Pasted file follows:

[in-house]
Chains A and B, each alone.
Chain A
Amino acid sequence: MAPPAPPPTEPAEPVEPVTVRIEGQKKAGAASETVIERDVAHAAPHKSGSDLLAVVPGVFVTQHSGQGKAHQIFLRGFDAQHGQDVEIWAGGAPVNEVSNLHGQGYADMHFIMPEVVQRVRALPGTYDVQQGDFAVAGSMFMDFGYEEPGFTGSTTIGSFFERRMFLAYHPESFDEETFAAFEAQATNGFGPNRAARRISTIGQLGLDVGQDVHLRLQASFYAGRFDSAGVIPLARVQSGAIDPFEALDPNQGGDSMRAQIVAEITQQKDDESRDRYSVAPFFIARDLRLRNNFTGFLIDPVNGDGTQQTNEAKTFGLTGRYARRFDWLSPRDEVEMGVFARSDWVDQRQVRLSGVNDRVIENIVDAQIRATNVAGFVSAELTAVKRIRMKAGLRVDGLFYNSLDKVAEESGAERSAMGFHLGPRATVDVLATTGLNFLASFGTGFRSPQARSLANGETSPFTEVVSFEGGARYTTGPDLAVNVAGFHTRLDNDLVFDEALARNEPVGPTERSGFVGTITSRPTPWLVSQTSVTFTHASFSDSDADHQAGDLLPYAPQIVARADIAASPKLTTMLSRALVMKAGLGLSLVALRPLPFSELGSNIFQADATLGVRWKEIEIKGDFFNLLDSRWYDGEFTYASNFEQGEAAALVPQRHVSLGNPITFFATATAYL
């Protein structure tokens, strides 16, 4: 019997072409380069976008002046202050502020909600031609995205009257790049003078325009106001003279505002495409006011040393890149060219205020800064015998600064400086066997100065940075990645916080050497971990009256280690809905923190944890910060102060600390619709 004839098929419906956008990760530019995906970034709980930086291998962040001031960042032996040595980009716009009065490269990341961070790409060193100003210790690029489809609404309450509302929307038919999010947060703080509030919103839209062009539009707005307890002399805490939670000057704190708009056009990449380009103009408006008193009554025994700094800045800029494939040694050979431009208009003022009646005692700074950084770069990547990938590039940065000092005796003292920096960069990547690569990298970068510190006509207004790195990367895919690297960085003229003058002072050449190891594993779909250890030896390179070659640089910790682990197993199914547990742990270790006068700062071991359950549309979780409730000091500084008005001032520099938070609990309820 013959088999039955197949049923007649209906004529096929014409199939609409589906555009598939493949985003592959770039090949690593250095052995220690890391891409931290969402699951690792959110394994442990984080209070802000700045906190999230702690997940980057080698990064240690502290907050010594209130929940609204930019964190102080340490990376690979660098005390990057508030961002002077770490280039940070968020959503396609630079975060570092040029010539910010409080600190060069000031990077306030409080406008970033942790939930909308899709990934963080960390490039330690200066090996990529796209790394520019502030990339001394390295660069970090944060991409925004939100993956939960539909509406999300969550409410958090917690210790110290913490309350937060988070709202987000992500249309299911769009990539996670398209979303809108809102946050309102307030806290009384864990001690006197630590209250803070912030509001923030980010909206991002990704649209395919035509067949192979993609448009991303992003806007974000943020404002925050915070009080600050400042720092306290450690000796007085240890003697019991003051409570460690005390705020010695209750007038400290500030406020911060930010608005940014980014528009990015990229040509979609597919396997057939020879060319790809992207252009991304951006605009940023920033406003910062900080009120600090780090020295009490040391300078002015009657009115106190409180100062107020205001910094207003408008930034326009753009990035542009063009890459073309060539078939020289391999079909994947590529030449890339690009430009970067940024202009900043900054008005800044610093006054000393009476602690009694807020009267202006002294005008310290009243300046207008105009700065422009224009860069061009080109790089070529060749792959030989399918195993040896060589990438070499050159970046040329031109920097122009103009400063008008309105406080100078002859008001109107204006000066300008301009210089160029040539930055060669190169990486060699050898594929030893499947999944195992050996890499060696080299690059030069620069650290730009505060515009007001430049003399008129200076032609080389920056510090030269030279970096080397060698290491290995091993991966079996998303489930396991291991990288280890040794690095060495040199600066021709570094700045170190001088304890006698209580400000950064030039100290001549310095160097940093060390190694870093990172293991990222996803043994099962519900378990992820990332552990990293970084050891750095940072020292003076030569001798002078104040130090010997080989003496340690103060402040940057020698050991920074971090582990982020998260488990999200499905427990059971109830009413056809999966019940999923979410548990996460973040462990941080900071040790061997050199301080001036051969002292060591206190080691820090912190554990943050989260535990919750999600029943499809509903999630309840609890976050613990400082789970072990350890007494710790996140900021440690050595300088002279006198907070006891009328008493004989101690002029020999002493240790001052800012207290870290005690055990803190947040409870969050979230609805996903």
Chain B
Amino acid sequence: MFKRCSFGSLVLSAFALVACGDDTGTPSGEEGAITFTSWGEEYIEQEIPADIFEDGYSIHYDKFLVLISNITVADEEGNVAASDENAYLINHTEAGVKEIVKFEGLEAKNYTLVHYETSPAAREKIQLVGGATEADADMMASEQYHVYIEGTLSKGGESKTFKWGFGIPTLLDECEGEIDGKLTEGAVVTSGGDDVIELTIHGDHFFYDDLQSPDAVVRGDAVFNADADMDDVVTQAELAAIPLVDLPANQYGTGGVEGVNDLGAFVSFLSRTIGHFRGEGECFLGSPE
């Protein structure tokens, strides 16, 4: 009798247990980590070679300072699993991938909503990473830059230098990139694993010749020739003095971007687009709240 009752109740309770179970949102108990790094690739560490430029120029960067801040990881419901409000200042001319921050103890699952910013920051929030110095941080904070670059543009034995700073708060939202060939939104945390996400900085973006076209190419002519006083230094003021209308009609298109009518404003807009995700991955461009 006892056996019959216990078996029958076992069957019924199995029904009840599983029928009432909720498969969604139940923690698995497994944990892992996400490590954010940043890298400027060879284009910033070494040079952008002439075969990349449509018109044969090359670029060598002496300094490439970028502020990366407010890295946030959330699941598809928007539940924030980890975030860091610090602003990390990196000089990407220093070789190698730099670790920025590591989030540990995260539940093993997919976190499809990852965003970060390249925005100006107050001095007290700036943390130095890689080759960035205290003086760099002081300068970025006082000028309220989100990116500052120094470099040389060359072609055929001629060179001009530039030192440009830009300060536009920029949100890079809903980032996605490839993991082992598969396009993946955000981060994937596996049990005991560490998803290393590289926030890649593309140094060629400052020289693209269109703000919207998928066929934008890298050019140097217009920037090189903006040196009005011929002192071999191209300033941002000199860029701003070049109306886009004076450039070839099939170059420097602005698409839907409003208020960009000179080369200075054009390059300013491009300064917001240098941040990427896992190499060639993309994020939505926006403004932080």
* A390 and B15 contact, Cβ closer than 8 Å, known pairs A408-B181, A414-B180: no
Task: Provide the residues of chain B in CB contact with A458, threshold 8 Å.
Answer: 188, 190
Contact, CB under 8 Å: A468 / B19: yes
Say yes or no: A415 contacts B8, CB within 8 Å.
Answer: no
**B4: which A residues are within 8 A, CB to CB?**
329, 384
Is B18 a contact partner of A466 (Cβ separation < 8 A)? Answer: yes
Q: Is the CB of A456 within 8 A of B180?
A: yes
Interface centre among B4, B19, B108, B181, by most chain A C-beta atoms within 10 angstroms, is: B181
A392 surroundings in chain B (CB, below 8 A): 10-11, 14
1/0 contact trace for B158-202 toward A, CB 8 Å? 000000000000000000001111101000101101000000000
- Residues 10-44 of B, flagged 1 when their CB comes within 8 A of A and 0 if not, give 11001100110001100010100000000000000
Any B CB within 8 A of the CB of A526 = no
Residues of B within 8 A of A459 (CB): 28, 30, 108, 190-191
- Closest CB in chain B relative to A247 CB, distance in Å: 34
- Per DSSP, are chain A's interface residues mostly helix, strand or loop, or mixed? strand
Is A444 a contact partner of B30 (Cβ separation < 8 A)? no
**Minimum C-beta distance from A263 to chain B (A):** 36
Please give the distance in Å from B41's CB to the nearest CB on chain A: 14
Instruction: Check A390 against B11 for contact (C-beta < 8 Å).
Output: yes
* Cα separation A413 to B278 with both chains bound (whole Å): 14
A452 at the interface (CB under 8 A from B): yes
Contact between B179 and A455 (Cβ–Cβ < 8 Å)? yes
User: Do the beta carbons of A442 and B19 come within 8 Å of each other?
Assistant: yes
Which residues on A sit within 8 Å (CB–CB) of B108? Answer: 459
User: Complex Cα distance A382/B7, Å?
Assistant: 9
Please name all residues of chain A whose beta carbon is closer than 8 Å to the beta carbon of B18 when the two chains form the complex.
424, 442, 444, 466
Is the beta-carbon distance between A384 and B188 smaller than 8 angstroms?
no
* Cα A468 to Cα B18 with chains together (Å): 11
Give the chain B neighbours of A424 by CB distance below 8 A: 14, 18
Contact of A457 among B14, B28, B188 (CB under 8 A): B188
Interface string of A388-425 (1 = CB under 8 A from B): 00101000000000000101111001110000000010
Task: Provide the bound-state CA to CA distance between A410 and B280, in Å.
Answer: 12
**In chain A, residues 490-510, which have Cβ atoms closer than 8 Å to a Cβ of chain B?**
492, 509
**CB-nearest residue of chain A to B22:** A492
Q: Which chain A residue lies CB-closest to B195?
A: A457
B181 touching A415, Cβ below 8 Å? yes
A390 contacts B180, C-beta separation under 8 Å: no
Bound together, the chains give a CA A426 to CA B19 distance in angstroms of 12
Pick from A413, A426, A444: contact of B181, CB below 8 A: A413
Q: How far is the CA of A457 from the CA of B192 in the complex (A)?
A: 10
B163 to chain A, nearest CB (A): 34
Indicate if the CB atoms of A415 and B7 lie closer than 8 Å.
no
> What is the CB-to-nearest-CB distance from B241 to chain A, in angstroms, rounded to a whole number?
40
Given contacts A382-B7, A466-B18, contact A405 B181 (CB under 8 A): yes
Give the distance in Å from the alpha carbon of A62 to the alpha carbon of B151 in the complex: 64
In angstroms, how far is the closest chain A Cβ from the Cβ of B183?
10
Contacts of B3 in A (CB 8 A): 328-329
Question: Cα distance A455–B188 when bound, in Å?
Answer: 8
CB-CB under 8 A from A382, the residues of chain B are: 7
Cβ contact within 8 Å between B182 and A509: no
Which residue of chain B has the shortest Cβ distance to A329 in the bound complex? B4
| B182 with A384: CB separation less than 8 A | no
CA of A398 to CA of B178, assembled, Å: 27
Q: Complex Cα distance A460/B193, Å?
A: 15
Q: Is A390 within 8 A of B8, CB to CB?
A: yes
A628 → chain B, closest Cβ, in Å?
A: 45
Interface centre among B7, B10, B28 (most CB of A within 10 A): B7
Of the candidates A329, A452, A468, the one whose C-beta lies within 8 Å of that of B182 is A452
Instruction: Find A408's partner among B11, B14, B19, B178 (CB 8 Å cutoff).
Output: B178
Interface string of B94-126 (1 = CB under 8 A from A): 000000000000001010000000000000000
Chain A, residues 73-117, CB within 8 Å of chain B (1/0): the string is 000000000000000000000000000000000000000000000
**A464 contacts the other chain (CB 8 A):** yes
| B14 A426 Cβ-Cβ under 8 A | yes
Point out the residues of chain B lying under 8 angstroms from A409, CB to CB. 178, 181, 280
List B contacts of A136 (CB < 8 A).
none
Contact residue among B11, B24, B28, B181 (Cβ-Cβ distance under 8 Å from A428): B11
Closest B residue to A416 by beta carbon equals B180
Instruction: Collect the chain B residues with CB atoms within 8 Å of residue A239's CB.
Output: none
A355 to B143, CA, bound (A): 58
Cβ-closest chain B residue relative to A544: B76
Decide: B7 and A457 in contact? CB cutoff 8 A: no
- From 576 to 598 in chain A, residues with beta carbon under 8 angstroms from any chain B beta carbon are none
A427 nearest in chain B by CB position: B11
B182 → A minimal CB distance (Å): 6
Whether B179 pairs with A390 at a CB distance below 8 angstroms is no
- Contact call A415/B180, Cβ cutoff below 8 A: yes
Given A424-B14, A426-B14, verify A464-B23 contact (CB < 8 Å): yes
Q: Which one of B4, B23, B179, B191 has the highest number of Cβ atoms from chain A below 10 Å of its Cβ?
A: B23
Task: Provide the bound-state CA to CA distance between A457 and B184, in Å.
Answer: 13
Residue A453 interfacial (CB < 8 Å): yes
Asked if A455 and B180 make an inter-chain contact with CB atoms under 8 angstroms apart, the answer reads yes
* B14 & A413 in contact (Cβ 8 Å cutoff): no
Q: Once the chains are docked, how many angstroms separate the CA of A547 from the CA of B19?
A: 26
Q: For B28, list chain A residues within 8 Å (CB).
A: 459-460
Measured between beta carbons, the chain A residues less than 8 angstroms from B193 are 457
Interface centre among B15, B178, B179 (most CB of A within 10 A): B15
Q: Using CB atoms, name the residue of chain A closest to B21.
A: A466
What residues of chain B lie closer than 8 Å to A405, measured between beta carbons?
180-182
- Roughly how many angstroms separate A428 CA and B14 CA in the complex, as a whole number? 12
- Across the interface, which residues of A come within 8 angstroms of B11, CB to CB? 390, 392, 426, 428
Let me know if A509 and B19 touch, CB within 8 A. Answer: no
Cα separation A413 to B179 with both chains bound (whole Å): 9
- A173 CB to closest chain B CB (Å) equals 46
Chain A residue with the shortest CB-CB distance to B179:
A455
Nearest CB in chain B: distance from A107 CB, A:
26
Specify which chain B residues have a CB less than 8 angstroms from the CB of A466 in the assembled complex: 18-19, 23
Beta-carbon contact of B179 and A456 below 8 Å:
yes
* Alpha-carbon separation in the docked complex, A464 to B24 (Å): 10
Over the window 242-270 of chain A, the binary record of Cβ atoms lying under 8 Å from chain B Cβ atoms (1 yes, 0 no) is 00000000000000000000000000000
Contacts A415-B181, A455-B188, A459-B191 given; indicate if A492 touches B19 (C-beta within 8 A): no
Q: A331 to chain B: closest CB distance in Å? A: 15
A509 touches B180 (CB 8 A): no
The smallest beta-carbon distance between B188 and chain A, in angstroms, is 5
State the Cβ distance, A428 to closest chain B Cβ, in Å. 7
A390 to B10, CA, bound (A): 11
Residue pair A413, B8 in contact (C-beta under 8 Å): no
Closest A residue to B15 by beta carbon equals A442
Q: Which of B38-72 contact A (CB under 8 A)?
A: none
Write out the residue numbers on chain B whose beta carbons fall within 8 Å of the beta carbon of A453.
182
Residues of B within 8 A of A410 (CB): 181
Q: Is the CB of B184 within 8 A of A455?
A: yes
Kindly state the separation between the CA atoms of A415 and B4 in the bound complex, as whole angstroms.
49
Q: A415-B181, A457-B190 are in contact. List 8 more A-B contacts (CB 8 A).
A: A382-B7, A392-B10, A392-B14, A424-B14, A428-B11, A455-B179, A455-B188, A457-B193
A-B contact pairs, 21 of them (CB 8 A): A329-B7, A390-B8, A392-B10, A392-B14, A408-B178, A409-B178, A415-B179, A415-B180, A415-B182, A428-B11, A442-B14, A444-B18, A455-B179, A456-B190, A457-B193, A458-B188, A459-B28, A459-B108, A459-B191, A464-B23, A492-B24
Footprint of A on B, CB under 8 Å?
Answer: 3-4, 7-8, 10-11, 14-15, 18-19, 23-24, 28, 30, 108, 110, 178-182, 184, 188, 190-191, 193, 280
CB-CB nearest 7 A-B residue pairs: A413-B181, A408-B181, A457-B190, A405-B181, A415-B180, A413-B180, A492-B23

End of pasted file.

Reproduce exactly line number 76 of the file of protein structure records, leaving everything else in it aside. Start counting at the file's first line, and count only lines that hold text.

Which residue of chain B has the shortest Cβ distance to A329 in the bound complex? B4